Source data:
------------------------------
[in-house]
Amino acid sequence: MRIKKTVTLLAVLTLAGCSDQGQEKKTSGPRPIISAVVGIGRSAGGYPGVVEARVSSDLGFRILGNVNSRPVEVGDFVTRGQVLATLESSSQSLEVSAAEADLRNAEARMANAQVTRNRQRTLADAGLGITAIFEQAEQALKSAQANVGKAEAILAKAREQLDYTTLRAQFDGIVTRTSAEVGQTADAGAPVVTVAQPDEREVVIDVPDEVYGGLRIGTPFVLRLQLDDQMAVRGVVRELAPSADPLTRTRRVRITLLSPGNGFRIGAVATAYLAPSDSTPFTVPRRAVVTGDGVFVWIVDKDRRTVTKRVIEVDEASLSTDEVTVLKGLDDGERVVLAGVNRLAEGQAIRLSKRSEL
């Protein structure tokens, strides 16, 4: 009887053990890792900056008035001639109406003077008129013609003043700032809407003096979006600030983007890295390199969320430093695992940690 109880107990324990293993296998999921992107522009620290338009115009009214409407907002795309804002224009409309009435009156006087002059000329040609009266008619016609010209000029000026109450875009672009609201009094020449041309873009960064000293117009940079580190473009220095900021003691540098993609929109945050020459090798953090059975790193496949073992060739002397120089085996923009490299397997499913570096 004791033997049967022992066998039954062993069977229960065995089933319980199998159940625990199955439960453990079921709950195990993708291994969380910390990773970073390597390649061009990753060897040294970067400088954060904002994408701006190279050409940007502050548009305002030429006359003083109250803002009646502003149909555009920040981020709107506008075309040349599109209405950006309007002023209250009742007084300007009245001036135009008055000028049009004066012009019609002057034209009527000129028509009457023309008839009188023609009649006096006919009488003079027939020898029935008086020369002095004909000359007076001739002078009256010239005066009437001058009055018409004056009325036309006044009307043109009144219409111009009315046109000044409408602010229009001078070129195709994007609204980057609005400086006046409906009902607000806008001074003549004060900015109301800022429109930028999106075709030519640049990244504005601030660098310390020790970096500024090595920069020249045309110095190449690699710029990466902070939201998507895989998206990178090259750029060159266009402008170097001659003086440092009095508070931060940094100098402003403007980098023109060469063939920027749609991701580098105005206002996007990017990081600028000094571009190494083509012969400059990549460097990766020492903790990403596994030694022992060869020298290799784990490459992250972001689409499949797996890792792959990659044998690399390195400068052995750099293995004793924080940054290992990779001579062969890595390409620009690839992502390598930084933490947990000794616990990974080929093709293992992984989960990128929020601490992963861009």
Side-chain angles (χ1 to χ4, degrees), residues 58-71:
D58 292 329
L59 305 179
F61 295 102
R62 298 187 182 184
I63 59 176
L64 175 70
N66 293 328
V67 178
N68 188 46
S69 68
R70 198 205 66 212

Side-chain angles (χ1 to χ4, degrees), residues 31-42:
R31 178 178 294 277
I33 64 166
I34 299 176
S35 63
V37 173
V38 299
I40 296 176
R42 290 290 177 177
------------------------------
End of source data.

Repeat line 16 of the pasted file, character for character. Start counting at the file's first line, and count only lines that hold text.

Side-chain angles (χ1 to χ4, degrees), residues 31-42: